Workshop nurtures children’s love of theater

MANISTEE — Every actor who has graced the stage has that defining moment somewhere in there life that hooked them on theatrical productions.

Children in the 2019 Children’s Theater Workshop running this week at Manistee Middle/High School get their first chance to get on stage in front of people at Monday morning’s session.

This week the annual Children’s Theater Workshop is being held at the Manistee Middle/High School auditorium and there is the distinct possibility that among the 47 students there just might be someone who starts a future in theater. It could be on the stage, behind the the curtain or in the control booth as the children will get the opportunity to see everything about how a production is put together.

“This is our sixth annual drama camp for any child in second to ninth grade,” said program director Sharon Gates. “Our theme this year is ‘Great Characters,’ as every year we have a theme and there are characters from things like ‘Annie,’  ‘Alice in Wonderland,’ ‘Star Wars’ and all kinds of fun skits.”

Gates said they custom write the skits and the whole process leads up to a free performance that will be held at 1 p.m. on Friday at the Manistee Middle High School Auditorium followed by an after glow ice cream social for the kids. All of the children attending this week’s workshop will have a role in one of the skits.

“We try to hold it to 50 children and last year we had 54 because a lot of them wait until the last minute to register,” said Gates. “We hold it to around 50 because every child gets a role in one of the seven or eight skits that we put on. Each of the skits are headed up by an intern and these are older kids from high school and college. We pay our interns and they come back year after year because they love it.”

This year serving as assistant leaders are Joseph Slivka and Blade Gates, while Ryan Biller is head technician up in the control booth. Other interns include Lauren Hanna, Angelina Sam, Jane Amstutz, Lillie Schafer, Tug Thuemmel and Maggie Madsen. The workshop also gets assistance from adult Susan Meyers, who volunteers to do the costumes and props for the show at the end of the week.

“The interns like this so well that they are now interested in writing their own skits,” said Gates. “So four of my interns wrote their own skit. I still have to edit them, but we are teaching our interns to be future leaders in the theater. It’s amazing how when you are given a challenge you rise to it like these kids have done.”

Gates said it is a wide variety of children that come to the annual workshop.

Ryan Biller shows some of those attending the Children’s Theater Workshop how they change the color hues on stage for certain scenes.

“Some of them have no experience with theater, while others have had a little,” said Gates. “So this workshop is to give children the chance to do theater, but to also nurture the joy of theater. This can be a lifetime hobby and something they can do for the rest of their life. It’s like joining a family because you keep re-connecting in different plays.”

What never ceases to amaze Gates is the way the children grow from the workshop over the course of a short week.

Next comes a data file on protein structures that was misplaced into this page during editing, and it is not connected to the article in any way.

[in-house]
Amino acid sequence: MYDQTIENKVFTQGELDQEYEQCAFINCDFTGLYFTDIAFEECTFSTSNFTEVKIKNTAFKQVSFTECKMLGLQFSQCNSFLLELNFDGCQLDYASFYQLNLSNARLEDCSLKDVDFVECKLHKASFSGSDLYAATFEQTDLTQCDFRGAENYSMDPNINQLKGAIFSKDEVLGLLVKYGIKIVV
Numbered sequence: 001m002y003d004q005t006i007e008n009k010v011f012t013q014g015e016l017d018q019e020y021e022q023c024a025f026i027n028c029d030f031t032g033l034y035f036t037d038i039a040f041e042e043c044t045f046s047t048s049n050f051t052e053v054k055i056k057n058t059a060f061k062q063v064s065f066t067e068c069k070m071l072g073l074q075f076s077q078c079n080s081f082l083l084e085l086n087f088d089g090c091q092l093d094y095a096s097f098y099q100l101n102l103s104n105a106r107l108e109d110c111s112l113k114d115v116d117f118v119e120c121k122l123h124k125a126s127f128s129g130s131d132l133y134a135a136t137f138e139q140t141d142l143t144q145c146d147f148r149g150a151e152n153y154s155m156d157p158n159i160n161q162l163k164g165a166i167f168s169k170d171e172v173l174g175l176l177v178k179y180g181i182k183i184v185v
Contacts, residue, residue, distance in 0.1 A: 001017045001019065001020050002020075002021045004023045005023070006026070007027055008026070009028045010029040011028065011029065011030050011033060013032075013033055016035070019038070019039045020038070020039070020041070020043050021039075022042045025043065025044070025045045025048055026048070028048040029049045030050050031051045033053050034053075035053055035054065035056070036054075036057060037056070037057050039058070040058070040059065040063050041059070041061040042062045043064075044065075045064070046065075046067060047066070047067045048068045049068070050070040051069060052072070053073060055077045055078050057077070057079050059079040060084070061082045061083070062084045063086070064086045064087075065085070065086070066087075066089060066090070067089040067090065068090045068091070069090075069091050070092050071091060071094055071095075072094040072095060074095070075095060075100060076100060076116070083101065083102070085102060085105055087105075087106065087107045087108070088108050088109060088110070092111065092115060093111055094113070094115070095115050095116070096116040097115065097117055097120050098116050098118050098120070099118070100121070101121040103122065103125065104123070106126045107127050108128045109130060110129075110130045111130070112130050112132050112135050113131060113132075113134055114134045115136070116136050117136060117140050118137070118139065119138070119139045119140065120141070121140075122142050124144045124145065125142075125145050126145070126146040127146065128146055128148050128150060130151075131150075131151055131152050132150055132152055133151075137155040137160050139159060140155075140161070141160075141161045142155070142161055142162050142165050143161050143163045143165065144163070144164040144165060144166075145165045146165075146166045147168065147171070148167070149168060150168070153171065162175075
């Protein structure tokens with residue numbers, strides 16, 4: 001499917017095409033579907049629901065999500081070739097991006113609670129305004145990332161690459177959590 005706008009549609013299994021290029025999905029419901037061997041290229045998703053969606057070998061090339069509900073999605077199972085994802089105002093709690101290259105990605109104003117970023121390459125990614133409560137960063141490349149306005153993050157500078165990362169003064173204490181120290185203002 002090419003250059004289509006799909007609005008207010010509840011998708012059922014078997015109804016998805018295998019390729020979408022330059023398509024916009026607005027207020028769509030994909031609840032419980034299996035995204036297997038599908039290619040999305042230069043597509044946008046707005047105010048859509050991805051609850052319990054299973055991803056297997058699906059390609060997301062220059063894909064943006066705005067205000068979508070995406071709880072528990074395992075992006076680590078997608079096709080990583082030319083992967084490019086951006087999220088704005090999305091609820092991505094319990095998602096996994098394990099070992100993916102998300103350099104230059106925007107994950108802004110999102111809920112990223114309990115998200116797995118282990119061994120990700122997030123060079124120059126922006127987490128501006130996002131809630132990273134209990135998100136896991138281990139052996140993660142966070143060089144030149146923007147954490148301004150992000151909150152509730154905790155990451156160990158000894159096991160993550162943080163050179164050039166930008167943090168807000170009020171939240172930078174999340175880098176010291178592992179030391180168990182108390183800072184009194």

“It is amazing what these children learn in just one week,” said Gates.

During the course of the week the children must audition even though they all get a part.  The audition is just so they can see how the process works. They get training in lights and sound as well as what transpires backstage at a production.

“Some of our children are more interested in the other things behind the stage,” said Gates. “Some are doing tech, props, costumes now and they like it. We feel great about this program as it has been so well received in the community. There all the different levels going on as it’s not just about theater and learning how to act. It’s teaching those older children to be future leaders and then the children attending the camp have an opportunity to become a junior intern.”

Gates said without the financial support of people like Ray and Claire Schlaff, the workshop wouldn’t be possible. In honor of their son, Doug, who they lost to cancer, the Schlaffs created a Doug Schlaff Youth Fund for projects like this workshop.

“They went to Carol Voigts to see if she would create something like this,” said Gates. “Carol and I were friends through theater and she asked me to co-direct the workshop. She had to step back due to some health issues, so I took it over this year with help from the interns.”

However, Gates said without the Schlaff’s support none of this week would be possible.

“There still is a slight cost beyond their support, but we provide scholarships as we don’t want any child to be left out because theater is for anyone, ” said Gates.

Throughout each day the children learn something new in how to prepare for a theatrical performance. The program runs 10 a.m. to 3 p.m. daily and the children all receive a free lunch through the free summer lunch program.

“It’s a lot of work and I couldn’t do this without the paid interns and the support from the community,” said Gates.

 

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Posted by Ken Grabowski

Ken is News Advocate’s education reporter. He coordinates coverage for all Manistee County schools and West Shore Community College. He can be reached by phone at (231) 398-3125 or by email at kgrabowski@pioneergroup.com.

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